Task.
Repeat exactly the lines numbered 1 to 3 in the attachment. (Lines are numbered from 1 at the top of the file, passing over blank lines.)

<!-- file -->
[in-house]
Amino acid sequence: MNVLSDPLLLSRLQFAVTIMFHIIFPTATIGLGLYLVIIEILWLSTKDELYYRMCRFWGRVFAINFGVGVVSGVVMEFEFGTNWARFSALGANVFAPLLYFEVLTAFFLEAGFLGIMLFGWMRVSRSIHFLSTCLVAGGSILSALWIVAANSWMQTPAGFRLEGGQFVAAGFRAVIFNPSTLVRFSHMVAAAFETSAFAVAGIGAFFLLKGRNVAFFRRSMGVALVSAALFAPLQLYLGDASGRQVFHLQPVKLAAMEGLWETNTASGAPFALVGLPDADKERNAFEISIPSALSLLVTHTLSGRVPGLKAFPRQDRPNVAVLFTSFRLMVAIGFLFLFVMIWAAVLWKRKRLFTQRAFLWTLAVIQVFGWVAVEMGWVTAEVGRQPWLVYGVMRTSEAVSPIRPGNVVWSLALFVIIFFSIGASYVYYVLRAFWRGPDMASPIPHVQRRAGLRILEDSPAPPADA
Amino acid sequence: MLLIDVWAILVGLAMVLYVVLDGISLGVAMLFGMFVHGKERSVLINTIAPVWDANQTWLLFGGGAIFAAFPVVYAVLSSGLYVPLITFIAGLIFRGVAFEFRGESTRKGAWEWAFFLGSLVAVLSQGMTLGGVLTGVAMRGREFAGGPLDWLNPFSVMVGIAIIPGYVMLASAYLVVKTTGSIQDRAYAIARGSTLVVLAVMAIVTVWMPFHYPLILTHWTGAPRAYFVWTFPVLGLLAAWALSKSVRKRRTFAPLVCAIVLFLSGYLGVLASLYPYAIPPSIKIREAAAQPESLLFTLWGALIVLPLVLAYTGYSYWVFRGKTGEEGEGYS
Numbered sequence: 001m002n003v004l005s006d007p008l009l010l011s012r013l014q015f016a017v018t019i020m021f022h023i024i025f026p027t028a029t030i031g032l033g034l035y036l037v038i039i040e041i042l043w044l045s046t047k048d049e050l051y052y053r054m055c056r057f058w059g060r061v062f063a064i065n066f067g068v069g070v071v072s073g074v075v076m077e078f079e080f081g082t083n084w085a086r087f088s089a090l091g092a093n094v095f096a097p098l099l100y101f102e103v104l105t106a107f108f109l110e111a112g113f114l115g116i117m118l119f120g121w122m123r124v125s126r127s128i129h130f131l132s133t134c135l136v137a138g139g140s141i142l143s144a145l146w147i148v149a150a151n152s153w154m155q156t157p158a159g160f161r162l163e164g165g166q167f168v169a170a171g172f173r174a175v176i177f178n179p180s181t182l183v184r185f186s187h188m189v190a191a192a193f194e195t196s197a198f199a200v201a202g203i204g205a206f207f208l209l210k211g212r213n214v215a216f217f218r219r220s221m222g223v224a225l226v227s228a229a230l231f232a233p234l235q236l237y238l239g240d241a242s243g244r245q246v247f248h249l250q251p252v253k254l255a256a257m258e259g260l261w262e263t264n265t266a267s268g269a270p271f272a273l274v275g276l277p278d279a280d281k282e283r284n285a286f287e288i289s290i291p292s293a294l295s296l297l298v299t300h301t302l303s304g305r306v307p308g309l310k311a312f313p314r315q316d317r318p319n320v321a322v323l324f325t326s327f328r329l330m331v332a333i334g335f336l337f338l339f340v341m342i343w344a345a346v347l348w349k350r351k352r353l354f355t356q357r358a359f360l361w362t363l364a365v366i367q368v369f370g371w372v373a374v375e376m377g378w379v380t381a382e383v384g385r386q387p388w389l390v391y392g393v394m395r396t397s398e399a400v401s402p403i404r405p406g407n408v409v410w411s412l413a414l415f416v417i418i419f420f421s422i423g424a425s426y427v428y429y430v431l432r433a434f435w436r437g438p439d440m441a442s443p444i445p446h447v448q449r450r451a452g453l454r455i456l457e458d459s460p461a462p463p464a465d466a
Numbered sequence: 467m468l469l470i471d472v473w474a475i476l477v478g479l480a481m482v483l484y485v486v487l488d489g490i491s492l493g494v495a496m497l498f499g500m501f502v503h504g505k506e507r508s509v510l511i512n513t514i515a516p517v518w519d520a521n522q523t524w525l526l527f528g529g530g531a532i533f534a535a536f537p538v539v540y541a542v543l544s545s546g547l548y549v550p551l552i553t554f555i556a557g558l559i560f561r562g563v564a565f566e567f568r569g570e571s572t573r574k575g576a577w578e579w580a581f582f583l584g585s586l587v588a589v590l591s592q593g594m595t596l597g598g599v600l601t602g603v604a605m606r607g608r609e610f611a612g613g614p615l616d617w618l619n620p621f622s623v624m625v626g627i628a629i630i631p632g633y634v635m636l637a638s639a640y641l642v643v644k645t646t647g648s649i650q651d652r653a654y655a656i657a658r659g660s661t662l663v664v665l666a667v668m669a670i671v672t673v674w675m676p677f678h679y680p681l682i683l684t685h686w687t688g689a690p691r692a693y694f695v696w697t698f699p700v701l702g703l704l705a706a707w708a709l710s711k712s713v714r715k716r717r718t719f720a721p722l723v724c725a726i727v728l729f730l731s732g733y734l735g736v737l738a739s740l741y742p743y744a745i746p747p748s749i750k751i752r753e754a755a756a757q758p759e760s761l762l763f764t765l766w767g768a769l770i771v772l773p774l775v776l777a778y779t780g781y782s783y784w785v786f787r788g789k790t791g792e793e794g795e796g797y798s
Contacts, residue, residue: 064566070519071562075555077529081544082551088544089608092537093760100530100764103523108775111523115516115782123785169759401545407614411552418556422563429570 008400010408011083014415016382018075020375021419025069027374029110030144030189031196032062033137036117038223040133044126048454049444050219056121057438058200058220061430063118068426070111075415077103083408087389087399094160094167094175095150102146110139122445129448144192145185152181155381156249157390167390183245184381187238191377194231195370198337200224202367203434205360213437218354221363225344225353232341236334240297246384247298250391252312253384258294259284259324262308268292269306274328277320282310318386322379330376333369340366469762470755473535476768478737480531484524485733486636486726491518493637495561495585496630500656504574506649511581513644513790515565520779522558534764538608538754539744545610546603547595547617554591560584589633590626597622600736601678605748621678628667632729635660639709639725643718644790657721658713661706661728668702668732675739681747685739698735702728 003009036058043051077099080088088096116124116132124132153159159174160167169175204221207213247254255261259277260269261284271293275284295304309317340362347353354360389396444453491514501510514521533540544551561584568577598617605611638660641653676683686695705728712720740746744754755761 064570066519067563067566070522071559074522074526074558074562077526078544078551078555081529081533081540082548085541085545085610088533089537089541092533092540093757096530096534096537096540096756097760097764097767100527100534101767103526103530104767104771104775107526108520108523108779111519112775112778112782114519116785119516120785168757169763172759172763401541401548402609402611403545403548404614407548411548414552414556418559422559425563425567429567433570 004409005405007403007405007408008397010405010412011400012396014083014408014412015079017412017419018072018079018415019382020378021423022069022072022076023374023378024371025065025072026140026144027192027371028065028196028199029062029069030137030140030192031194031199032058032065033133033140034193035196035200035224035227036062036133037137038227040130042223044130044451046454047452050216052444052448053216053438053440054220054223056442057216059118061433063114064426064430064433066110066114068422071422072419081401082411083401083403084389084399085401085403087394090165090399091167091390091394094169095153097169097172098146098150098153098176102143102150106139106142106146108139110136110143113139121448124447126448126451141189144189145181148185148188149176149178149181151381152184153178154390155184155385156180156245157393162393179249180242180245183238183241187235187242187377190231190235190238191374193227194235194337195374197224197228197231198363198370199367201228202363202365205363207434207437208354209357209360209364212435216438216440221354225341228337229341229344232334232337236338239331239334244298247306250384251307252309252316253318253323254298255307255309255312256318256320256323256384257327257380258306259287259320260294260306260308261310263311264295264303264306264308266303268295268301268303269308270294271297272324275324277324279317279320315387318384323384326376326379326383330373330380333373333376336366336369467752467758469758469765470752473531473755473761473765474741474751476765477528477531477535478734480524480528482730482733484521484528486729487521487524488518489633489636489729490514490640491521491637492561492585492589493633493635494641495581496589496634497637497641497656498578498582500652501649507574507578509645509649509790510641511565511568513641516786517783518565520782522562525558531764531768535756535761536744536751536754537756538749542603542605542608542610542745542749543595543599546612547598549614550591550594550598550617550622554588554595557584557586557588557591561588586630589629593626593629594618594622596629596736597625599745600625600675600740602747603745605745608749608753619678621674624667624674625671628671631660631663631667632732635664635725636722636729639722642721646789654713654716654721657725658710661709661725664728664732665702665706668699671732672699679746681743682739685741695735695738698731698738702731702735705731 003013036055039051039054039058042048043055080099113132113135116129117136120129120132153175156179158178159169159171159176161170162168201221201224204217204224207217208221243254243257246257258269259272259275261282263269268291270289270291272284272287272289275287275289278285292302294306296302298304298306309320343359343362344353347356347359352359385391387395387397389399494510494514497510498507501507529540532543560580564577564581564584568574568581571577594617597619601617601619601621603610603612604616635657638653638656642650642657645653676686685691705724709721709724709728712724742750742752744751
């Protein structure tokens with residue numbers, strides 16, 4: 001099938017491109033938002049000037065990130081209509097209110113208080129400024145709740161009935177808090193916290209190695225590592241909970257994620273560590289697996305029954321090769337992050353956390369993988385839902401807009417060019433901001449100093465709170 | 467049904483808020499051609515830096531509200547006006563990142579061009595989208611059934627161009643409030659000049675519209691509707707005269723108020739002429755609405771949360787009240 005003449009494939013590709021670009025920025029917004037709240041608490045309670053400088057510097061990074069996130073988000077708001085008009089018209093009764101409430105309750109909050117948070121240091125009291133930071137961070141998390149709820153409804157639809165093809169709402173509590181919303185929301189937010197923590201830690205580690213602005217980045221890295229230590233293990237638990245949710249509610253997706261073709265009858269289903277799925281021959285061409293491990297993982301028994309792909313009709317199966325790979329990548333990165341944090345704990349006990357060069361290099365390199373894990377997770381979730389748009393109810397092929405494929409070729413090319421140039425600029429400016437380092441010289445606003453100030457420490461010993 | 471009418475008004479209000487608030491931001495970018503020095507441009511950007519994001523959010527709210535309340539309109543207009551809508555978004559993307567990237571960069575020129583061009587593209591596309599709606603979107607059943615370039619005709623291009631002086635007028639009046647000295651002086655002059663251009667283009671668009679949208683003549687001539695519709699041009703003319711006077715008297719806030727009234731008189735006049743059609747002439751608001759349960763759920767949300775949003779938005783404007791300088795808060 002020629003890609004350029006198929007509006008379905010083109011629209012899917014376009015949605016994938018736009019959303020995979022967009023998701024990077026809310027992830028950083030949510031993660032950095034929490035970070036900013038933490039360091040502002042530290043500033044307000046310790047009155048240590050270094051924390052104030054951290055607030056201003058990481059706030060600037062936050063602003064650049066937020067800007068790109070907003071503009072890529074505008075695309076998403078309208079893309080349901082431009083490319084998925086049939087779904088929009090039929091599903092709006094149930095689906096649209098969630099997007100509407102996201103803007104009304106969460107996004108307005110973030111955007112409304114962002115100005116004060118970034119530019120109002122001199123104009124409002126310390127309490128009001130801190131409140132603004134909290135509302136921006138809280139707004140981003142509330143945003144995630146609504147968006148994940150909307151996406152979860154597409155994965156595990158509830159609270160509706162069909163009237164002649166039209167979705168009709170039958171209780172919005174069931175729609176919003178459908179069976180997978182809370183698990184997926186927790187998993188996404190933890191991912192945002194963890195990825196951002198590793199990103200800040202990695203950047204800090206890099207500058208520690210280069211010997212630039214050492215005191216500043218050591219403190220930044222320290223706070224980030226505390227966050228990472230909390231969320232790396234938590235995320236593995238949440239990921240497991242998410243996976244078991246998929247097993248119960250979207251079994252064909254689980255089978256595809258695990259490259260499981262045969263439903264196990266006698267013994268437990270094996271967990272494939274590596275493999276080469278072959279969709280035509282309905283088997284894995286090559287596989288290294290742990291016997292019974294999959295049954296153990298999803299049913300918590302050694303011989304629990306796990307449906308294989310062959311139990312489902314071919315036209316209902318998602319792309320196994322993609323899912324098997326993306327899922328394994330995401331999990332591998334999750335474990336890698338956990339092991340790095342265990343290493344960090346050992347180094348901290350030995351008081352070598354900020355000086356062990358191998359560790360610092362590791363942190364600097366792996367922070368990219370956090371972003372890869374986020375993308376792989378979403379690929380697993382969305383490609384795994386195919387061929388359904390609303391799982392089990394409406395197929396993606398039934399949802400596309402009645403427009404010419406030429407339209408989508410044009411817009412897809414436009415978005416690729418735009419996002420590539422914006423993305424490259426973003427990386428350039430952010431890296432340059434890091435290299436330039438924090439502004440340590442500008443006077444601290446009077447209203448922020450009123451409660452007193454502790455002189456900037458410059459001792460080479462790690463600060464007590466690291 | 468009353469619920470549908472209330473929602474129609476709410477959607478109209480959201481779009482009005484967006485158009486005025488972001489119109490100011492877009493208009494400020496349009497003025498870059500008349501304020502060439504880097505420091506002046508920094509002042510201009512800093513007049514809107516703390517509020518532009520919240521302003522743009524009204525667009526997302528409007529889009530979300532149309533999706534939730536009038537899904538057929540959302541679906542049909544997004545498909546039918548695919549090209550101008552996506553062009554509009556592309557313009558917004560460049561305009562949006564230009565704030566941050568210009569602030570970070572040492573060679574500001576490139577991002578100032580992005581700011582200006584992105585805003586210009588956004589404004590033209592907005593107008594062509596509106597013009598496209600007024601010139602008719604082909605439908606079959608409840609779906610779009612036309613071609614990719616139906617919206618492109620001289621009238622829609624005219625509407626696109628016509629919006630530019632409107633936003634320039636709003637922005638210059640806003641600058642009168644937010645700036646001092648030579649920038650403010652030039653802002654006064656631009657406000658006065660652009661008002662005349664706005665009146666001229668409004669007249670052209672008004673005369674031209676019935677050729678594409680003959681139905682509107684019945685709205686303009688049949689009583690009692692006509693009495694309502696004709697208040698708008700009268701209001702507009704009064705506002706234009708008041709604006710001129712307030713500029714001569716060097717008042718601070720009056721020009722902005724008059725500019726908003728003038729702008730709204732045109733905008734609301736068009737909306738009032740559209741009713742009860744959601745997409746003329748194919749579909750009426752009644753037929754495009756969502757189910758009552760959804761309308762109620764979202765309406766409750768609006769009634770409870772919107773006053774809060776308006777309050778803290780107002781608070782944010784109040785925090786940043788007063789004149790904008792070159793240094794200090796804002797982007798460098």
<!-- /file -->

[in-house]
Amino acid sequence: MNVLSDPLLLSRLQFAVTIMFHIIFPTATIGLGLYLVIIEILWLSTKDELYYRMCRFWGRVFAINFGVGVVSGVVMEFEFGTNWARFSALGANVFAPLLYFEVLTAFFLEAGFLGIMLFGWMRVSRSIHFLSTCLVAGGSILSALWIVAANSWMQTPAGFRLEGGQFVAAGFRAVIFNPSTLVRFSHMVAAAFETSAFAVAGIGAFFLLKGRNVAFFRRSMGVALVSAALFAPLQLYLGDASGRQVFHLQPVKLAAMEGLWETNTASGAPFALVGLPDADKERNAFEISIPSALSLLVTHTLSGRVPGLKAFPRQDRPNVAVLFTSFRLMVAIGFLFLFVMIWAAVLWKRKRLFTQRAFLWTLAVIQVFGWVAVEMGWVTAEVGRQPWLVYGVMRTSEAVSPIRPGNVVWSLALFVIIFFSIGASYVYYVLRAFWRGPDMASPIPHVQRRAGLRILEDSPAPPADA
Amino acid sequence: MLLIDVWAILVGLAMVLYVVLDGISLGVAMLFGMFVHGKERSVLINTIAPVWDANQTWLLFGGGAIFAAFPVVYAVLSSGLYVPLITFIAGLIFRGVAFEFRGESTRKGAWEWAFFLGSLVAVLSQGMTLGGVLTGVAMRGREFAGGPLDWLNPFSVMVGIAIIPGYVMLASAYLVVKTTGSIQDRAYAIARGSTLVVLAVMAIVTVWMPFHYPLILTHWTGAPRAYFVWTFPVLGLLAAWALSKSVRKRRTFAPLVCAIVLFLSGYLGVLASLYPYAIPPSIKIREAAAQPESLLFTLWGALIVLPLVLAYTGYSYWVFRGKTGEEGEGYS